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Douglas Pratt

By Douglas Pratt Pratt@moviecitynews.com

DVD Geek: Batman v Superman: The Dawn of Justice Ultimate

Zack Snyder’s script for the 2016 hit/flop, Batman v Superman The Dawn of Justice, isn’t all that bad. The villain tricks two superheroes into believing that the other has been a careless murderer, and if you think Superman could whoop Batman with his little finger, you’re forgetting Kryptonite. Snyder’s adaptation boasts an Old Testament undertone, set against a futuristic, yet present-day. Snyder’s execution, however, is ill-advised and lackluster despite the fact he made one of the finest comic book movies ever, Watchmen. This was a problem with the theatrical release, but the core flaws remain in the three-disc Blu-ray, Batman v Superman The Dawn of Justice Ultimate. The theatrical version, included on both the DVD and one of the BDs, runs 151 minutes, while the Ultimate Edition, featured on the other BD disc, runs 183 minutes. The additional footage brings more to the story, expanding scenes, adding action (and violence—Ultimate Edition was changed from ‘PG-13’ to ‘R’), and creating a better balance for the film’s pace.

BvS has been criticized for being humorless, and there are only three jokes or so in the entire expanded feature. As much as we thrive on the clever banter in many of the other superhero movies, a film can still entertain without that sort of thing if it achieves a compelling vision and delivers a strong dramatic conflict where you can see into the souls of the characters. Snyder fails to achieve that alternative. Henry Cavill carries over his Superman character from Man of Steel, a film I found to be very entertaining and satisfying. Since his character was already well established in that film, however, there is not much that can be added to his personality or psychology in this one. He still has more flair and humanity than Ben Affleck, who fills in stiffly as Batman. Affleck’s character is given very little depth, despite dream sequences that are supposed to show his emotional suffering. Normally, a director and actor can work around such limitations, since that is what good acting is supposed to be about, but Affleck offers nothing—no zeal, no introspection, no feelings at all. Christian Bale was probably smart to duck out on the part.

Near the end of the film, after a couple of teasing glimpses early on, Gal Gadot shows up as Wonder Woman.’Her entire presence reeks of a promotion for sequels and spin-offs. You know nothing about her other than she is hot, and has some kind of glowing lasso that can take down monsters. The personality will have to wait for another movie, and besides, she is overshadowed by the film’s one true saving grace, Amy Adams, who provides the spine of the film. Like the comic book series from so long ago, the film really should have been titled, “Lois Lane,” as Adams provides not only the movie’s heart, but its only identifiably normal persona. Without her, the film would be a complete waste of time, but with her, you’re willing to stick around and watch all the other stuff.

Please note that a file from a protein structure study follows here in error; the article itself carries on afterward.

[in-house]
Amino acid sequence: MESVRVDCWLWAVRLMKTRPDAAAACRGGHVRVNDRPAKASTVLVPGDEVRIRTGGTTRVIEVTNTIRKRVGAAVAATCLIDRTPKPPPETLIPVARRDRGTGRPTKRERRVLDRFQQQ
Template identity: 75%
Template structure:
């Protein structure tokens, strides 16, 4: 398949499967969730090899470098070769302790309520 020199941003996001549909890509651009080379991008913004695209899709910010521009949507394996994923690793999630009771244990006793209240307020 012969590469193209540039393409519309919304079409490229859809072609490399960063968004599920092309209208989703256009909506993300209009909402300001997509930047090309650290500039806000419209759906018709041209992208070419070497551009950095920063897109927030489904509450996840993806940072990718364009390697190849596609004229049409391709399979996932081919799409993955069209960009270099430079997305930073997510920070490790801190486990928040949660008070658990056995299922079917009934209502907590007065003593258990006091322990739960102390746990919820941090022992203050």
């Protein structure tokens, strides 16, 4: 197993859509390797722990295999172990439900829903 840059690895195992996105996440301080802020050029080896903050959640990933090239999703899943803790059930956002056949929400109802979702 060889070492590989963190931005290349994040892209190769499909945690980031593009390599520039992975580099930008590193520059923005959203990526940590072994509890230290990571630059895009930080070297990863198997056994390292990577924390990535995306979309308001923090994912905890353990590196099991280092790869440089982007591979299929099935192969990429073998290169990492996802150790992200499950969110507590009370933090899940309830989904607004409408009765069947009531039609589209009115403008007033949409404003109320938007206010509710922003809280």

The villain is portrayed by Jesse Eisenberg, who has been faulted, one supposes, for not bringing enough machismo to his part, something even Gene Hackman managed to do in his rendition of the role back in the Seventies, however much of a buffoon he otherwise was. Frankly, we don’t care as much about tradition as others, especially when it comes to comic books. Next to Adams, Eisenberg’s villain is the softest and most accessible character. Snyder fails him by not drawing a little more eccentricity out of his behavior, but his character growth is effective and by the end, he is the only one among the principals who shows real promise for whatever sequels may come.

And the rest is hardware and effects, which ought to be Snyder’s forte, but is reduced to the most common denominators and is rarely enlivening. All comic book movies these days suffer from competitive escalation—the big effect scenes have to be bigger and more amazing than the ones in other movies. One reason Ant-man succeeded was that it just kept to its own little thing, adding a few interesting and engaging visuals, but avoiding a grand spectacle. But with some movie entitled Batman v Superman, a grand spectacle is expected. That’s probably why Snyder got hired, for his abilities as a visionary, but those abilities failed him. A few of the action scenes are engaging, but none are memorable, and the big battle at the end, except for the sequences involving Adams, is neither original nor particularly inventive. Its level of spectacle was surpassed several years ago.

 

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The race stuff blew up first. The second night we aired was the first time I met my boyfriend; we were on a blind date. I had been metabolizing the criticism all week, and I made a really, really dumb joke that I’m perfectly fine to repeat now ’cause I was fuckin’ 25. I said, ‘No one would be calling me a racist if they knew how badly I wanted to fuck Drake.’ He said, ‘Don’t say that in public; that’s not going to help you.’ I just didn’t get it. I was like, ‘I have the three most annoying white friends, and I’m making a TV show about it.'”
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